"No, he was definitely human. And with the housing situation here like it is, there are plenty of basement rooms being rented out. It could be as simple as that, and we'd never be able to check them all even if we could identify him."
"Hmm." Carrot tapped his finger against the bolt, deep in thought.
"It was in broad daylight, though," Angua said. "I don't see how no one saw him!"
"Hmm," Carrot said again. "Well, do what you can. If everyone in the area has been questioned, that's fine. Mister Vimes doesn't seem too worried about it, so I don't think we should worry either."
"All right. I'm going to get back to work on my other investigation." Angua stood and walked towards the door. When she reached it, she paused and turned back. "Carrot, isn't your birthday this week?"
Carrot blushed deeply. It clashed horribly with his bright orange hair. "Er," he said. "You don't have to get me anything! I'm really happy just being here, really, I am."
"I see," said Angua, and she was smiling when she left.
Wilson kicked the console, then regretted it because his foot hurt. "This is so stupid!"
"This is quite fascinating," said Archimedes from the other side of the console. "Although I admit I do not understand one iota of it. Where did you say this device was from again?"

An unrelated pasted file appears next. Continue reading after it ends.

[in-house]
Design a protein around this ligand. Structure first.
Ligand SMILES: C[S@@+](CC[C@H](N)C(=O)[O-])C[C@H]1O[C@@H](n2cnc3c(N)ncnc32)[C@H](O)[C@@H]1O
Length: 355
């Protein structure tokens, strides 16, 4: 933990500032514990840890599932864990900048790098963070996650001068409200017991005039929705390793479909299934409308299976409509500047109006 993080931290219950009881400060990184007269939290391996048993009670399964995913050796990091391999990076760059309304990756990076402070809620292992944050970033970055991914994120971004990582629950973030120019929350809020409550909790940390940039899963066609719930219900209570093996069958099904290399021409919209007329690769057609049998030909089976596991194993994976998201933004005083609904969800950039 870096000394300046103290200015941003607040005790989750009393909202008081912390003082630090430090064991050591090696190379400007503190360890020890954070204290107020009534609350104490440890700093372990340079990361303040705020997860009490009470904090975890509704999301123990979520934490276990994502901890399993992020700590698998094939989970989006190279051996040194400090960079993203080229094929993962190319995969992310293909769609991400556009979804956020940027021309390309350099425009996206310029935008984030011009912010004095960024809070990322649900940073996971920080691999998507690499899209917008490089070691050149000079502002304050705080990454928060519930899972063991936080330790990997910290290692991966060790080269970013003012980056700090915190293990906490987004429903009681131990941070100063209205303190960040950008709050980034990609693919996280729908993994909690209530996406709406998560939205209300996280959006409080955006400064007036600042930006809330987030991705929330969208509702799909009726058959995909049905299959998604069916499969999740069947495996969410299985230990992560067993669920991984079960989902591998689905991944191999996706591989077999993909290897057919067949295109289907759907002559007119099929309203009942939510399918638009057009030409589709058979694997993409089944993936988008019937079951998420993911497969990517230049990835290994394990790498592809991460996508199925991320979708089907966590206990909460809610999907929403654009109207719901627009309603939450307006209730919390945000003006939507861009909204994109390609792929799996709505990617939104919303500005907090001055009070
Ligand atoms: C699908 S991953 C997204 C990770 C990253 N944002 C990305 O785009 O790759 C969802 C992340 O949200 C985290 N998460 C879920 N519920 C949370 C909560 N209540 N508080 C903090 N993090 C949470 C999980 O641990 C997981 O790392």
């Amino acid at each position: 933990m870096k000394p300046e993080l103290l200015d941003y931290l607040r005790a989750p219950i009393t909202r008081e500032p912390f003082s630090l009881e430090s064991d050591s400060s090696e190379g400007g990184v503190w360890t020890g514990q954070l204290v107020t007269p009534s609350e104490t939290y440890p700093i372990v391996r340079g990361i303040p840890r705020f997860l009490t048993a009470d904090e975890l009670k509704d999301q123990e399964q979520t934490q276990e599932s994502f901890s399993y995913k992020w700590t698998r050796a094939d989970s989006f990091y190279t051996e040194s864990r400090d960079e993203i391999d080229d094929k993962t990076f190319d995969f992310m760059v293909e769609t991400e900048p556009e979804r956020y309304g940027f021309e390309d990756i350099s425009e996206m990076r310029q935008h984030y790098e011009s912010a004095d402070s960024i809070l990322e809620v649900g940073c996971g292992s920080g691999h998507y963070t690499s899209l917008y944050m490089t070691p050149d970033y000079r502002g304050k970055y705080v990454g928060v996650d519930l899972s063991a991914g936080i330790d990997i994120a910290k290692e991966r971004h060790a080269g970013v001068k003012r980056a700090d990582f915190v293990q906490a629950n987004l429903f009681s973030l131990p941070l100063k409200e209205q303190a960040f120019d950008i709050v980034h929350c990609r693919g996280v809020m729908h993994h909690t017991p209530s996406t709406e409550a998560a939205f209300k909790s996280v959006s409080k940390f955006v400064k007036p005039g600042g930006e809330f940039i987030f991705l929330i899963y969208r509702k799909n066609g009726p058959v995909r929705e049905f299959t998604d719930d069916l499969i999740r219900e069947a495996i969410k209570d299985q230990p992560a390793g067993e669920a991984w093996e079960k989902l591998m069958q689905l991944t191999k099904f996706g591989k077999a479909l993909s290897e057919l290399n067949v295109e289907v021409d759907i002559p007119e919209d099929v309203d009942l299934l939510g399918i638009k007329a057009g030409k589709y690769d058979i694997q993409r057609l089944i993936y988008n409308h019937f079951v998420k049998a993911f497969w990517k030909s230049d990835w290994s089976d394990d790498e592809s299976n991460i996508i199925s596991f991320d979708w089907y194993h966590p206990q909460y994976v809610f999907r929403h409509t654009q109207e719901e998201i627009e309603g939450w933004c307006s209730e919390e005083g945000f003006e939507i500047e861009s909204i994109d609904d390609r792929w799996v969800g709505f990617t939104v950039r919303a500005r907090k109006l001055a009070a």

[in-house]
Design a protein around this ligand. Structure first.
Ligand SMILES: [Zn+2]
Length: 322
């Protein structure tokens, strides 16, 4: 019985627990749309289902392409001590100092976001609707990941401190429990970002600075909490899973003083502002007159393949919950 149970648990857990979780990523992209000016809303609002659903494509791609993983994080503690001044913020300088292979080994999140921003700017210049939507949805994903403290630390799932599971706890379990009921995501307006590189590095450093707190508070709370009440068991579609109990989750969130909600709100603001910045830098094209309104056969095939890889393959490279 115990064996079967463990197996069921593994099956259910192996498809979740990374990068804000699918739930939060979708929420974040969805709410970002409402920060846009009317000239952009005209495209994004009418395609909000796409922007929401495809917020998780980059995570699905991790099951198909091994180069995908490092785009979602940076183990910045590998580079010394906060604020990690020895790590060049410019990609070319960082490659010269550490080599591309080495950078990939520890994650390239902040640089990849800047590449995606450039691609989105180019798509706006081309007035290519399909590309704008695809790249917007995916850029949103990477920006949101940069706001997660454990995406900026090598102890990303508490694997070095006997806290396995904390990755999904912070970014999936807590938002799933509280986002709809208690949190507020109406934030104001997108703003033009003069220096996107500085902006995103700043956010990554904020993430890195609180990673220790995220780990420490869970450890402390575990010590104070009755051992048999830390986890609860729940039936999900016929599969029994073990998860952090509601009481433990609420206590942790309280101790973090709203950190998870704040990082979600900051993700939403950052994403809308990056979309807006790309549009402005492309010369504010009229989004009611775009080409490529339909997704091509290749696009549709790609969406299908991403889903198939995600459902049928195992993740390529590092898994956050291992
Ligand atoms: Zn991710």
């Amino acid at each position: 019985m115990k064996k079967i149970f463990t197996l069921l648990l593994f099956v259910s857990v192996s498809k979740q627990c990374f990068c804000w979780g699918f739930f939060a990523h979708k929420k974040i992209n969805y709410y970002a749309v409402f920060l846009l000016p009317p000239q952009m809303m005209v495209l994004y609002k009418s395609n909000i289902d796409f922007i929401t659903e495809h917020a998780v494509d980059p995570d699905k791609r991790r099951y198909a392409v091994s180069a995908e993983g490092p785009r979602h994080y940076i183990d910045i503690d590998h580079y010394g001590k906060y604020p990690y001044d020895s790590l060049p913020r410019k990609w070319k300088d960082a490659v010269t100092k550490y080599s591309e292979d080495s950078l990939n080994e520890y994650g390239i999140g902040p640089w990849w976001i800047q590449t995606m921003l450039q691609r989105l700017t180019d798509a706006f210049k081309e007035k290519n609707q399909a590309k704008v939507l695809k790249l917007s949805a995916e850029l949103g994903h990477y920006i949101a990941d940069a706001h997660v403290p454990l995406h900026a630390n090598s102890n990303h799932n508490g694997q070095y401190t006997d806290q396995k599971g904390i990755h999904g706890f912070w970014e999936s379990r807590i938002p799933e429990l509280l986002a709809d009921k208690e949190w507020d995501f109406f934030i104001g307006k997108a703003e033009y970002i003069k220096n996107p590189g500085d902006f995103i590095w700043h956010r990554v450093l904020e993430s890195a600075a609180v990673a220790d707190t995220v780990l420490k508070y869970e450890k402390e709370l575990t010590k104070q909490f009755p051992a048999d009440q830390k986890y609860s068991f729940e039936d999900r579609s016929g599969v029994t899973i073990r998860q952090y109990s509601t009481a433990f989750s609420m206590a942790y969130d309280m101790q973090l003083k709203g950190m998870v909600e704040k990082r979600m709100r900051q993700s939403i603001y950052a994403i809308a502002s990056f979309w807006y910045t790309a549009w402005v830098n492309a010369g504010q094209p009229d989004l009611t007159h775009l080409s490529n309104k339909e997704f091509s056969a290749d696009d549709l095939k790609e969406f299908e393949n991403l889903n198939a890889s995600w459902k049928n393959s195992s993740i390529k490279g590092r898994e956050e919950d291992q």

"I didn't," grouched Wilson. "I have no idea where it's from. Some alien place probably."
"You aren't utterly encapsulated by all this? I am stunned! It is magnificent!"
Archimedes' enthusiasm was really getting to Wilson.
"I'm upset because they left us here, alone, while they went out and had fun! And they've been gone for an hour now! An hour!" he complained.
"But this is just incredible! I could study this device for centuries and still not understand it, and I'm no slouch, if I do say so myself." Archimedes had circled around to Wilson's side of the console and was closely examining a set of suspicious-looking buttons.
"Well have at it," Wilson said sourly. "We'll probably be here waiting for them about that long."
"Oh, don't be so down. This place is huge! There's plenty to explore if you're feeling trapped." Archimedes had moved on to examining the walls. "Fascinating! It seems almost organic!" he said.
"I'm not feeling trapped, I'm feeling left out," Wilson said. "Also I am feeling like a baby sitter." Archimedes shot him an offended look. "I didn't mean it that way," he added. "but you are from, well, more primitive times. I don't claim to understand any of this, but at least some of it's familiar."